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Latest posts by Posy

1 to 10 of 159

Your eight 'Desert Island Discs' plants

Posted: Today at 13:41

I can't do it! There would have to be sweet peas and pinks and roses. Oh, and honeysuckle and peonies and delphinium of course, but what about all the foliage and winter interest and bulbs? It's too cruel! I give up. Hardy annuals......lavender....

plants in pots as windbreaks

Posted: 28/11/2015 at 21:00

I have a very windy garden, too. If you want to use containers they need to be VERY heavy or fixed to the ground in some way. You would not believe how easily the wind will blow over pots that you can hardly shift an inch. I also feel that they need to be big to grow six foot plants or you will be watering them every five minutes.

10ft of boring bareness

Posted: 26/11/2015 at 17:35

I love the gold-splashed leaves of eleagnus. I also have a silvery grey variety that, in early summer, is covered with tiny, fragrant flowers. They seem to accept almost any conditions and can be cut to whatever size you want. We seem to get lots of birds in and out of ours but I don't think they provide any food.

Can You Suggest a Front Garden Tree or Bush

Posted: 21/11/2015 at 18:05

Remember that if THEY can't see in, HE won't be able to see out!  I know what you mean - I tend to look in windows, too and I know I shouldn't, but it is only an idle glance, for a fraction of a second. I can't bear rooms overshadowed by close trees and shrubs, with no light and no view so he needs to decide which is worse - being overlooked or living in the dark!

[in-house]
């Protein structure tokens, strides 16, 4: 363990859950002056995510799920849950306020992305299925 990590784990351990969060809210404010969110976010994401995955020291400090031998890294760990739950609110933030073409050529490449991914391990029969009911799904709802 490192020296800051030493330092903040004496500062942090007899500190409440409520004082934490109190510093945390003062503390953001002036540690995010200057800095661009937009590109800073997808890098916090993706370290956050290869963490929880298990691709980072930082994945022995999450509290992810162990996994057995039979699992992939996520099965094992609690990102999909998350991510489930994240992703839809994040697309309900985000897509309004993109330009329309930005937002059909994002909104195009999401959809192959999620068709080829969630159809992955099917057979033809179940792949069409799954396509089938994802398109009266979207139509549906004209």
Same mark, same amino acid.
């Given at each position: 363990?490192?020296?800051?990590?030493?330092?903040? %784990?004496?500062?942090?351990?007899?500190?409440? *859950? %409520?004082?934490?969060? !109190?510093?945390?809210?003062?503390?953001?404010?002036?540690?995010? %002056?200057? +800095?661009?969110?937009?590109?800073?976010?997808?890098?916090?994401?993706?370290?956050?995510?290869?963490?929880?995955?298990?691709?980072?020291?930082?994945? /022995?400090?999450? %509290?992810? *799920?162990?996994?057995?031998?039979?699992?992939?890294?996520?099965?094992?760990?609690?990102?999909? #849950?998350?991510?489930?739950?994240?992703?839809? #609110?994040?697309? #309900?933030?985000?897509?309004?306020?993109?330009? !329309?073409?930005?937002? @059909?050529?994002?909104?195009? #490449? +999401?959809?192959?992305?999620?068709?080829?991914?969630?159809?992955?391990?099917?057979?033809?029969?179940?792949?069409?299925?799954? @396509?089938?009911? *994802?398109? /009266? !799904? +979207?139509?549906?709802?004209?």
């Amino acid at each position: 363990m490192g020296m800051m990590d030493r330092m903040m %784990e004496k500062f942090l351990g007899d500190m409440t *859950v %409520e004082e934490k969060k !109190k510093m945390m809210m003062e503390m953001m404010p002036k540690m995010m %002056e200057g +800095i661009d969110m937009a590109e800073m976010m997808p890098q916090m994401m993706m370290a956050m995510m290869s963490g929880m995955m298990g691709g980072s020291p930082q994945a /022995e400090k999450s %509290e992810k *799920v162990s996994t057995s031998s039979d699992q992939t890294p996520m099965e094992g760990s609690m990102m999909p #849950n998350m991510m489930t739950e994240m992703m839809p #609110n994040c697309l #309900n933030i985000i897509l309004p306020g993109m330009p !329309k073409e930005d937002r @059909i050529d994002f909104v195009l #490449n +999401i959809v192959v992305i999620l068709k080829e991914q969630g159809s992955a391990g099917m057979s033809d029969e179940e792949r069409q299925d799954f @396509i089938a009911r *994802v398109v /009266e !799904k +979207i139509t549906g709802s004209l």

North Facing Border

Posted: 21/11/2015 at 17:51

If you look up your favourite plants on the RHS site, you will be able to find out the specific conditions each needs because full light isn't the whole story. Some shrubs and perennials thrive in heavy, moist soil, some need light sandy soil to flourish, and so on. Ph. is important, too The more you can provide of their needs, the greater your hope of success. For example, catmint hates my heavy clay, sun or shade, and rots off over winter, penstemon is a non starter, too, but oriental poppies will grow anywhere in the garden. Have a good look at what you are offering your plants, not just the sun hours.


Posted: 17/11/2015 at 22:48

If there are not very many, stick them in the compost. They rot down quite quickly if you run the mower over them and pick them up all mashed up with the grass cuttings.

Low maintenance ideas for a large garden

Posted: 15/11/2015 at 07:40

It is a lovely piece of land, KHT. The problem is that it takes years to make a garden, even a wild flower meadow isn't as wild as the name implies. Of course you could plant trees and shrubs which need little care but the animals will destroy them just as they become established. I think the key thing is to look at the plot in terms of the way you want it to look once you are living there. If part of it will be preserved as garden you may want to add some permanent features that can take care of themselves and get going now but if it is all for the animals, you might be best to ask your farmer to run a few sheep on it! They will cut the grass and add some fertiliser with no effort from you at all. Good luck, anyway.

Low maintenance ideas for a large garden

Posted: 14/11/2015 at 21:12

If you are serious about the sheep, goat and especially the pig there is no point in making a garden at all. These animals will eat or destroy the lot and the pig will turn it into a wallow. You will need to remove anything poisonous and make strong fences but you won't be able to grow anything.


Posted: 14/11/2015 at 07:45

On yes? What are these better ways then? I hope you are not one of these artificial grass people, Edd.


Posted: 13/11/2015 at 20:27

If you find that you just can't face another minute of spiking it with a fork you can hire a hollow time aerator which will do a better job more quickly. When it is done, scatter a mix of gritty sand and compost over the grass and brush it in with a yard brush or one of those witch's brooms. You really will see an improvement.

1 to 10 of 159

Discussions started by Posy

Pinching out

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New Secret Garden feature

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Moles in my compost bins.

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clematis seeds

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primrose attack

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7 threads returned